BY ROY ALBERT ANDRADE, K1LLER, Inc.
DETROIT, MICHIGAN - Oliver Schmidt, 48, a German national, and former general manager of Volkswagen AG’s U.S. Environment and Engineering Office, was sentenced to seven years in prison for conniving to sell as many as 500,000 diesel “clean diesel” automobiles containing software designed to cheat U.S. emissions tests. Schmidt was sentenced by U.S. District Judge Sean F. Cox of the 629,000-square-foot Theodore Levin U.S. Courthouse of Michigan, and ordered to pay a criminal penalty of $400,000. Schmidt pleaded guilty on August 4, 2017 to multiple counts, including one count of conspiracy to defraud the United States, and one count of violating the Clean Air Act.
“Upon learning of Volkswagen’s massive scheme to defraud and mislead U.S. consumers and regulators, Oliver Schmidt chose to join the conspiracy and deceive U.S. regulators,” said Acting Assistant Attorney General Cronan. “This case, along with the prior prosecution of the company and another Volkswagen engineer, further demonstrate the Criminal Division’s unwavering commitment to hold both corporations and individuals accountable for their wrongdoing.”
“Oliver Schmidt cheated the American people, and today’s sentencing shows that such behavior will be prosecuted to the fullest extent of the law,” said Deputy Assistant Attorney General Williams. “The Department of Justice and its partner agencies will continue to work together to ensure a level playing field for all competitors and a cleaner environment for all Americans.”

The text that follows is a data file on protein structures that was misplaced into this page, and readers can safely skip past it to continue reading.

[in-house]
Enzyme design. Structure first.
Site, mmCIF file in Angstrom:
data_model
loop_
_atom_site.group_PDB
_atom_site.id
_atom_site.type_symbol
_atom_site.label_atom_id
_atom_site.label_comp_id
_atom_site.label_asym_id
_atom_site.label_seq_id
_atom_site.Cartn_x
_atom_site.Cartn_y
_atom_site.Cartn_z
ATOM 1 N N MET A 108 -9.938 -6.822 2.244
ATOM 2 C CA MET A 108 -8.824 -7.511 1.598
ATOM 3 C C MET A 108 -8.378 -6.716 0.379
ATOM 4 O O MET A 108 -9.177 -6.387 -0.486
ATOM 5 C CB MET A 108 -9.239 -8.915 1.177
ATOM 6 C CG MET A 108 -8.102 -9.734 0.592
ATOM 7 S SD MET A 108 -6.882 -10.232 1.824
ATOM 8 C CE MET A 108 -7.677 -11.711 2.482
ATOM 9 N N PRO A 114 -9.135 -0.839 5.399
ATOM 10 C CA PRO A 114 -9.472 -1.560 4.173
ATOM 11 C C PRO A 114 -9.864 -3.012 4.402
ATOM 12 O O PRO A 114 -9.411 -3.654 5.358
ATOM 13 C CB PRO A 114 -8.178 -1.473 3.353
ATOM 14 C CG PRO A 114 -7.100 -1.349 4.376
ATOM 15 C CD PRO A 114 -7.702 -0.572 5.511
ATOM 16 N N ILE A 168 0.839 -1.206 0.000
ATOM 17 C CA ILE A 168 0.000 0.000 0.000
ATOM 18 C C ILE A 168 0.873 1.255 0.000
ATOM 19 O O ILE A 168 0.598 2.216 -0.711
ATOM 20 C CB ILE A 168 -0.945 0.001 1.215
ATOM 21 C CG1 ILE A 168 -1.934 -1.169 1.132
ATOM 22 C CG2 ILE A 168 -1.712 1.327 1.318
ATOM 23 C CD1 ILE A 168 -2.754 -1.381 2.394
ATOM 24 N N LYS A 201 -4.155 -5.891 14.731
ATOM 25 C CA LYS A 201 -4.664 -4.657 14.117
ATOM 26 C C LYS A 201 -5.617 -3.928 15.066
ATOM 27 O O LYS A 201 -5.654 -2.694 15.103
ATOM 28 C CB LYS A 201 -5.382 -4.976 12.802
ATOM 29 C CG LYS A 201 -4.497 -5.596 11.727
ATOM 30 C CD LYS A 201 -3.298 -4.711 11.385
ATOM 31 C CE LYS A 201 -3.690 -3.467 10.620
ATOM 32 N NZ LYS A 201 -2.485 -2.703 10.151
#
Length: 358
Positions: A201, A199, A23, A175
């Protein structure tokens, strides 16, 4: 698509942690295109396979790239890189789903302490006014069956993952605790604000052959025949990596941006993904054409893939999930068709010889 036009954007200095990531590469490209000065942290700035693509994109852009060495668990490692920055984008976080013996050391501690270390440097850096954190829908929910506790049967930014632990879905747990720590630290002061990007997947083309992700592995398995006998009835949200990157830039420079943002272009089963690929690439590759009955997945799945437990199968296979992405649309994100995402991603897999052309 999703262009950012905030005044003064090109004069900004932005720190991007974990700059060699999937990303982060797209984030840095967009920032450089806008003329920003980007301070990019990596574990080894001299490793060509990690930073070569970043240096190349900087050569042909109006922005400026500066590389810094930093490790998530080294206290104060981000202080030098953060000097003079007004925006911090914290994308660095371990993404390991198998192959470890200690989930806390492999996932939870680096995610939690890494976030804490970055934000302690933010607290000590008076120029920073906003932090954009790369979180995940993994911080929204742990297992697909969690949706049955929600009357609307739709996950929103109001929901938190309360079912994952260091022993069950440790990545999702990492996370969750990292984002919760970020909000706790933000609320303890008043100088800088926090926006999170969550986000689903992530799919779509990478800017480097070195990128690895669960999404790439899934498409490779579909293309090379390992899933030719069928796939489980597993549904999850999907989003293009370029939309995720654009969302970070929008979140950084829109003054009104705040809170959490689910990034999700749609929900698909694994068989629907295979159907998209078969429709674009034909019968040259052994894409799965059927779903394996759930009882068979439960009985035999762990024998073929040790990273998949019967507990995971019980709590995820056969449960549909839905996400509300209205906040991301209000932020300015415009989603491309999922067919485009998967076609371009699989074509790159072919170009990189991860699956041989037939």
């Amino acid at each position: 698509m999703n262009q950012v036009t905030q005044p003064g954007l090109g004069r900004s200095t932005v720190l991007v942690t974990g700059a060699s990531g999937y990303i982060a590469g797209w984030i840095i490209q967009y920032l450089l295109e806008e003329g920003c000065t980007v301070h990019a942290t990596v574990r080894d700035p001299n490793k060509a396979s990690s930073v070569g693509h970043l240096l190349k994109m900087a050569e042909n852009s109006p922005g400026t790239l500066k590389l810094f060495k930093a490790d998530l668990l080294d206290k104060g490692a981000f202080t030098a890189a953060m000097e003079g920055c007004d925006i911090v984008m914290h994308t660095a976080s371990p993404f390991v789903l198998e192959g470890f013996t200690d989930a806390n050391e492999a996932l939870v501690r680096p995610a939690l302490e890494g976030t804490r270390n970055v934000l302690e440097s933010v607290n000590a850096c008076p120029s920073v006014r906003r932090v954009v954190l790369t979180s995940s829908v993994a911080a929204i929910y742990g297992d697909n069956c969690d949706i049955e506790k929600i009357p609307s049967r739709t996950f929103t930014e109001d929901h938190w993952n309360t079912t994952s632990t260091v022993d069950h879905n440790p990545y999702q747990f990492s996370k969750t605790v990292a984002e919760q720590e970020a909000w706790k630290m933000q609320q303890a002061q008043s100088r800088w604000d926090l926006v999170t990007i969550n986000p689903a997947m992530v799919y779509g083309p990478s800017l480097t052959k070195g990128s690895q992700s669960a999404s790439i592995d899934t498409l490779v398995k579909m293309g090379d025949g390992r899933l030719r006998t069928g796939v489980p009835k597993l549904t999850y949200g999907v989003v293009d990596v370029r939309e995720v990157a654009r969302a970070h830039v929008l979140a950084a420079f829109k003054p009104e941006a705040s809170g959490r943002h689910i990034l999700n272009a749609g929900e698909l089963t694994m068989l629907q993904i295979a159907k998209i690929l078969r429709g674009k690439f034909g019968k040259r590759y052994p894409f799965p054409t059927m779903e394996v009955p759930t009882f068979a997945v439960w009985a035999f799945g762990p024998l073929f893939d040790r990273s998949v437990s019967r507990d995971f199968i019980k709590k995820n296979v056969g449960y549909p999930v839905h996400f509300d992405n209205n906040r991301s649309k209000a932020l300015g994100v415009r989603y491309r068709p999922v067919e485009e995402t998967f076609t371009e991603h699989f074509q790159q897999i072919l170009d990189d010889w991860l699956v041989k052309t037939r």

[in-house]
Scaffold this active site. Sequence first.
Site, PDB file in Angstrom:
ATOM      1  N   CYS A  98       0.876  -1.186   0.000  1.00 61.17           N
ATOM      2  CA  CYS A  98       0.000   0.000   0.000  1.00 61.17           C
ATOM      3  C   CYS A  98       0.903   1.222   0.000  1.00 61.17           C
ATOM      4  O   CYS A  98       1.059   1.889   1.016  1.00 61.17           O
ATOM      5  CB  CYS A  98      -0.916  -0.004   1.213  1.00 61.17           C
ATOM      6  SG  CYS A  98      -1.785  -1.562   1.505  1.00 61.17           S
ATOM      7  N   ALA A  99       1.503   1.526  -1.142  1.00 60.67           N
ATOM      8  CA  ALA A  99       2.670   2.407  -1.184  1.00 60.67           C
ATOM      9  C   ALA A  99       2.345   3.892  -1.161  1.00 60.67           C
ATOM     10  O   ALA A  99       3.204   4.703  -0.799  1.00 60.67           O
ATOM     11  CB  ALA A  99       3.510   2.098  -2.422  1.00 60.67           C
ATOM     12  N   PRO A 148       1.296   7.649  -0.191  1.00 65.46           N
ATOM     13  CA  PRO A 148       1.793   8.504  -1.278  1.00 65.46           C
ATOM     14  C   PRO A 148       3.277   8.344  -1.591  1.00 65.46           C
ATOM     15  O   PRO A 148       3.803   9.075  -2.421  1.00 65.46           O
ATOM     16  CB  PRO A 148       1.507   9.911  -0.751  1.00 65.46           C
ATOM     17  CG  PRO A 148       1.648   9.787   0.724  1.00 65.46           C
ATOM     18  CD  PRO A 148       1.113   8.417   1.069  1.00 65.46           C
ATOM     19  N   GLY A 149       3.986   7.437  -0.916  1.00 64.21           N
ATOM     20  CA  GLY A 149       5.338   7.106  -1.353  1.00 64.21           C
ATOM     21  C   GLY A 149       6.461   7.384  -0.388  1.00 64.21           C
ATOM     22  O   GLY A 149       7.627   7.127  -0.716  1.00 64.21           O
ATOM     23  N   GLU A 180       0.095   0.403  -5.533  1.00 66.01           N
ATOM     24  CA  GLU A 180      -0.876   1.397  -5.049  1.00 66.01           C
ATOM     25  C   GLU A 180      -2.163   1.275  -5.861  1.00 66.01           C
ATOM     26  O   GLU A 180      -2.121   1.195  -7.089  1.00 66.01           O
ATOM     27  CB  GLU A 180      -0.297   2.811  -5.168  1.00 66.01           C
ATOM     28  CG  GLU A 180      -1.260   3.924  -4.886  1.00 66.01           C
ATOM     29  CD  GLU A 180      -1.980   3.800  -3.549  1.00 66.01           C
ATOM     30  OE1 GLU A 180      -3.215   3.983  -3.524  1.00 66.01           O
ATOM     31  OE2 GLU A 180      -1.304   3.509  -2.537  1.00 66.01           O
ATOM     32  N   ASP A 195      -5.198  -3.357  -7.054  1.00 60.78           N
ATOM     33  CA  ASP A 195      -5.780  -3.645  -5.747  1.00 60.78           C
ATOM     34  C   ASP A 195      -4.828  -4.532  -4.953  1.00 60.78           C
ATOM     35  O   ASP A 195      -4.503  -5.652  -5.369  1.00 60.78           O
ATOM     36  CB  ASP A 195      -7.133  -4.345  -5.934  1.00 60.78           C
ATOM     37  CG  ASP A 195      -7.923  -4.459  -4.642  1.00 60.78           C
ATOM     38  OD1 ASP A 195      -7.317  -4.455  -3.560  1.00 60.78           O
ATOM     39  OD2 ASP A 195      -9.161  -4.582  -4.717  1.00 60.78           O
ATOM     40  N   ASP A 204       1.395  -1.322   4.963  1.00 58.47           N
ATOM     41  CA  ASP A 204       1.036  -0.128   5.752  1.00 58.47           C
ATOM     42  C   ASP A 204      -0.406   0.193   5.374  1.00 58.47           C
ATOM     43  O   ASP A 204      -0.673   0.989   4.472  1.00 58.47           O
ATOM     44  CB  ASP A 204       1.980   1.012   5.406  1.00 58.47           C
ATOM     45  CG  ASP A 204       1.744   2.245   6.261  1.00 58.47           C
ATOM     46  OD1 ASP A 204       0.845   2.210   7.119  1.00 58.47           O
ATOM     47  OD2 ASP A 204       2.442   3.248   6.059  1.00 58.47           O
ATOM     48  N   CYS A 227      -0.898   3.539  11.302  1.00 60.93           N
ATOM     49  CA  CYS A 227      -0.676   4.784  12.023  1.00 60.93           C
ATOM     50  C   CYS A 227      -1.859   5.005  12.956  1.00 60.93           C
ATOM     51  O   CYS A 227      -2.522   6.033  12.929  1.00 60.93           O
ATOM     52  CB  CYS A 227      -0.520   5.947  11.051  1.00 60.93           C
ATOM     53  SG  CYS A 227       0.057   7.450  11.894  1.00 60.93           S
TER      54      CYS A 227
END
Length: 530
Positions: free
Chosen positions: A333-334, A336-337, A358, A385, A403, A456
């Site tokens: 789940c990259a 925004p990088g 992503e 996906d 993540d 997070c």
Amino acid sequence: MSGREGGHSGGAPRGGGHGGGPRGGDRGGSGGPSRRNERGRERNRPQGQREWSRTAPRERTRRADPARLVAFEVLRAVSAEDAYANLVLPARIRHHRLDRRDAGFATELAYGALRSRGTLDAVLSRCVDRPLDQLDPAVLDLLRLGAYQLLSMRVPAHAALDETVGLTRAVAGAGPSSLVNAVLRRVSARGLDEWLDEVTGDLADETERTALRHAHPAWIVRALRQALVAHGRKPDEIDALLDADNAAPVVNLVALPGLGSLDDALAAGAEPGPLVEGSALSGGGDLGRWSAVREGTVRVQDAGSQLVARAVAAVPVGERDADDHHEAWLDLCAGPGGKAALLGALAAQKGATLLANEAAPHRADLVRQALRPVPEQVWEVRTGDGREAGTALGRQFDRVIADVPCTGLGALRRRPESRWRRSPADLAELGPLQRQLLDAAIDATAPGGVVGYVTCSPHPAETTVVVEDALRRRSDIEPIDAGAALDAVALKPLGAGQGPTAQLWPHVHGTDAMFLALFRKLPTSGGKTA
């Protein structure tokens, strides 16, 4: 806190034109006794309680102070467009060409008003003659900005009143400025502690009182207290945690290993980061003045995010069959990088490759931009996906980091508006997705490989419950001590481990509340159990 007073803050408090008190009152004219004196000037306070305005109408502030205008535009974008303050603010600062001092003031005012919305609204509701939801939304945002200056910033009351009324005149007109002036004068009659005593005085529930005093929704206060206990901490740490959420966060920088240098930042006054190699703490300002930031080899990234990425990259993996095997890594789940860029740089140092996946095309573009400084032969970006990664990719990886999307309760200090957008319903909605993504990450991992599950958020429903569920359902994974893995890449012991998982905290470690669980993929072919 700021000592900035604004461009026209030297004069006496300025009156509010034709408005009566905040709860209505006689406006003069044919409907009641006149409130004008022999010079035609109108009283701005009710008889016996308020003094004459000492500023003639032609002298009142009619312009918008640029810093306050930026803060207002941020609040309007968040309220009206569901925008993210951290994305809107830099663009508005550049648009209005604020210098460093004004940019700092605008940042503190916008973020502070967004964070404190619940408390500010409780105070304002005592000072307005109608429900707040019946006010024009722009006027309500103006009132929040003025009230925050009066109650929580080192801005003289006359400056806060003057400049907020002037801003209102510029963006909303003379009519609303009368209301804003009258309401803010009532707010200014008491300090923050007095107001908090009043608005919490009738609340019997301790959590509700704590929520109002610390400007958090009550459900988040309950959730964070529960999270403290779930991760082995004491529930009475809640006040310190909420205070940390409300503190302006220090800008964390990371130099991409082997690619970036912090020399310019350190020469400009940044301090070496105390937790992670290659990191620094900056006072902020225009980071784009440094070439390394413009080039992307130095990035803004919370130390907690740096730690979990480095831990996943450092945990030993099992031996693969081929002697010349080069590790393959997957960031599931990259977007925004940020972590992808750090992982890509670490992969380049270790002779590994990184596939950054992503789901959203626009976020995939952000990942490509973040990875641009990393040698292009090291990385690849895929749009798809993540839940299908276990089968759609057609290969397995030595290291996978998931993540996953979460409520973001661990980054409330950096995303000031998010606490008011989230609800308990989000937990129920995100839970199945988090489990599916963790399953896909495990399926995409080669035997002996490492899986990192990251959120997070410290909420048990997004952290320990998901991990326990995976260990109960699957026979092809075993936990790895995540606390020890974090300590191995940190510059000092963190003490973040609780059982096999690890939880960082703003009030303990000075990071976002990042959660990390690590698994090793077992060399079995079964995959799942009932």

“This sentence reflects how seriously we take environmental crime,” said Acting U.S. Attorney Lemisch. “Protecting natural resources is a priority of this office. Corporations, and individuals acting on behalf of corporations, will be brought to justice for harming our environment.”
“Americans expect corporations to follow laws and regulations designed to protect consumers and the environment,” said FBI Special Agent in Charge Gelios. “The sentence of Mr. Schmidt demonstrates the Department of Justice’s commitment to hold companies that defraud their customers both personally, as well as, corporately accountable for their crimes.”
“As this case demonstrates, EPA is committed to ensuring a level playing field for companies that follow the rules and pursuing individuals whose actions create an unfair competitive advantage for their employer,” said EPA Acting Assistant Administrator Starfield.
Shawn W. Anderson
Jessica K. Mattingly
Roy Albert Andrade